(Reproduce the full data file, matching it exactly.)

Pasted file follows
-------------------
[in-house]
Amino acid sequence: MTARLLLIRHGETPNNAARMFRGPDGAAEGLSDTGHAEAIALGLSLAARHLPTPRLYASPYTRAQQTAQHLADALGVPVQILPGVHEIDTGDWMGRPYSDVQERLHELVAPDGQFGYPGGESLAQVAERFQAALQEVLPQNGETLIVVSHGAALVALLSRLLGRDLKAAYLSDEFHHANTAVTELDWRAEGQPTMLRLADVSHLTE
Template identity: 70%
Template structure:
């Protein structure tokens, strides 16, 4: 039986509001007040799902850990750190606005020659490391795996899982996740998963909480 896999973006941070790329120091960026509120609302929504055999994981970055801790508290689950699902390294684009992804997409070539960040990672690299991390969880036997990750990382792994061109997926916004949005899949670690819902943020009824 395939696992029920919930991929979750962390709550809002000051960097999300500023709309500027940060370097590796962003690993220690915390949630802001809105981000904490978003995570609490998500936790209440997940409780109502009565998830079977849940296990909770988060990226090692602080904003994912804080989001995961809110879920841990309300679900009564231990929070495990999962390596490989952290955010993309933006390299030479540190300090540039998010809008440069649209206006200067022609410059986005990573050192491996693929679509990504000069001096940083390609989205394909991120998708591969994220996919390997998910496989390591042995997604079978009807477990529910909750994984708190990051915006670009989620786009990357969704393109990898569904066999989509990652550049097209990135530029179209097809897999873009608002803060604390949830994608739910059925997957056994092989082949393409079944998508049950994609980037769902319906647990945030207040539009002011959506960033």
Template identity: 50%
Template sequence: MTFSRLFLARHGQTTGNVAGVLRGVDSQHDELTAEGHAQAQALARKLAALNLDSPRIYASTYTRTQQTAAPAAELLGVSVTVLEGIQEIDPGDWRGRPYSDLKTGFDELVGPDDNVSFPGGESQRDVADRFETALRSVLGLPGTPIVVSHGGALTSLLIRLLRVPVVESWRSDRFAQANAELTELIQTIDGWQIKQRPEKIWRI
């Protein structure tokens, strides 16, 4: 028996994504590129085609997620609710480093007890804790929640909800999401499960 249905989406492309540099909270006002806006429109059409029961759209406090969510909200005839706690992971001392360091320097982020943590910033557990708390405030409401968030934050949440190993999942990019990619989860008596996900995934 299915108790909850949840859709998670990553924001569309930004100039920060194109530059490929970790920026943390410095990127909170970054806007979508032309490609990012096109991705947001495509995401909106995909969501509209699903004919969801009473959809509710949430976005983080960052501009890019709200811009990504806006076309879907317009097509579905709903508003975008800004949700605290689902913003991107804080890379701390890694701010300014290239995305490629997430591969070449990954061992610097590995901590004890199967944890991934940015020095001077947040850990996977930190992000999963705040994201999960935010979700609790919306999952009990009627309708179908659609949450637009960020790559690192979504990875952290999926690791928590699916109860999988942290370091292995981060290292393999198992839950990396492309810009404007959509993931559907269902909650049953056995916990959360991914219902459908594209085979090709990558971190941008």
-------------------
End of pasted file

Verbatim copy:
[in-house]
Amino acid sequence: MTARLLLIRHGETPNNAARMFRGPDGAAEGLSDTGHAEAIALGLSLAARHLPTPRLYASPYTRAQQTAQHLADALGVPVQILPGVHEIDTGDWMGRPYSDVQERLHELVAPDGQFGYPGGESLAQVAERFQAALQEVLPQNGETLIVVSHGAALVALLSRLLGRDLKAAYLSDEFHHANTAVTELDWRAEGQPTMLRLADVSHLTE
Template identity: 70%
Template structure:
């Protein structure tokens, strides 16, 4: 039986509001007040799902850990750190606005020659490391795996899982996740998963909480 896999973006941070790329120091960026509120609302929504055999994981970055801790508290689950699902390294684009992804997409070539960040990672690299991390969880036997990750990382792994061109997926916004949005899949670690819902943020009824 395939696992029920919930991929979750962390709550809002000051960097999300500023709309500027940060370097590796962003690993220690915390949630802001809105981000904490978003995570609490998500936790209440997940409780109502009565998830079977849940296990909770988060990226090692602080904003994912804080989001995961809110879920841990309300679900009564231990929070495990999962390596490989952290955010993309933006390299030479540190300090540039998010809008440069649209206006200067022609410059986005990573050192491996693929679509990504000069001096940083390609989205394909991120998708591969994220996919390997998910496989390591042995997604079978009807477990529910909750994984708190990051915006670009989620786009990357969704393109990898569904066999989509990652550049097209990135530029179209097809897999873009608002803060604390949830994608739910059925997957056994092989082949393409079944998508049950994609980037769902319906647990945030207040539009002011959506960033």
Template identity: 50%
Template sequence: MTFSRLFLARHGQTTGNVAGVLRGVDSQHDELTAEGHAQAQALARKLAALNLDSPRIYASTYTRTQQTAAPAAELLGVSVTVLEGIQEIDPGDWRGRPYSDLKTGFDELVGPDDNVSFPGGESQRDVADRFETALRSVLGLPGTPIVVSHGGALTSLLIRLLRVPVVESWRSDRFAQANAELTELIQTIDGWQIKQRPEKIWRI
């Protein structure tokens, strides 16, 4: 028996994504590129085609997620609710480093007890804790929640909800999401499960 249905989406492309540099909270006002806006429109059409029961759209406090969510909200005839706690992971001392360091320097982020943590910033557990708390405030409401968030934050949440190993999942990019990619989860008596996900995934 299915108790909850949840859709998670990553924001569309930004100039920060194109530059490929970790920026943390410095990127909170970054806007979508032309490609990012096109991705947001495509995401909106995909969501509209699903004919969801009473959809509710949430976005983080960052501009890019709200811009990504806006076309879907317009097509579905709903508003975008800004949700605290689902913003991107804080890379701390890694701010300014290239995305490629997430591969070449990954061992610097590995901590004890199967944890991934940015020095001077947040850990996977930190992000999963705040994201999960935010979700609790919306999952009990009627309708179908659609949450637009960020790559690192979504990875952290999926690791928590699916109860999988942290370091292995981060290292393999198992839950990396492309810009404007959509993931559907269902909650049953056995916990959360991914219902459908594209085979090709990558971190941008």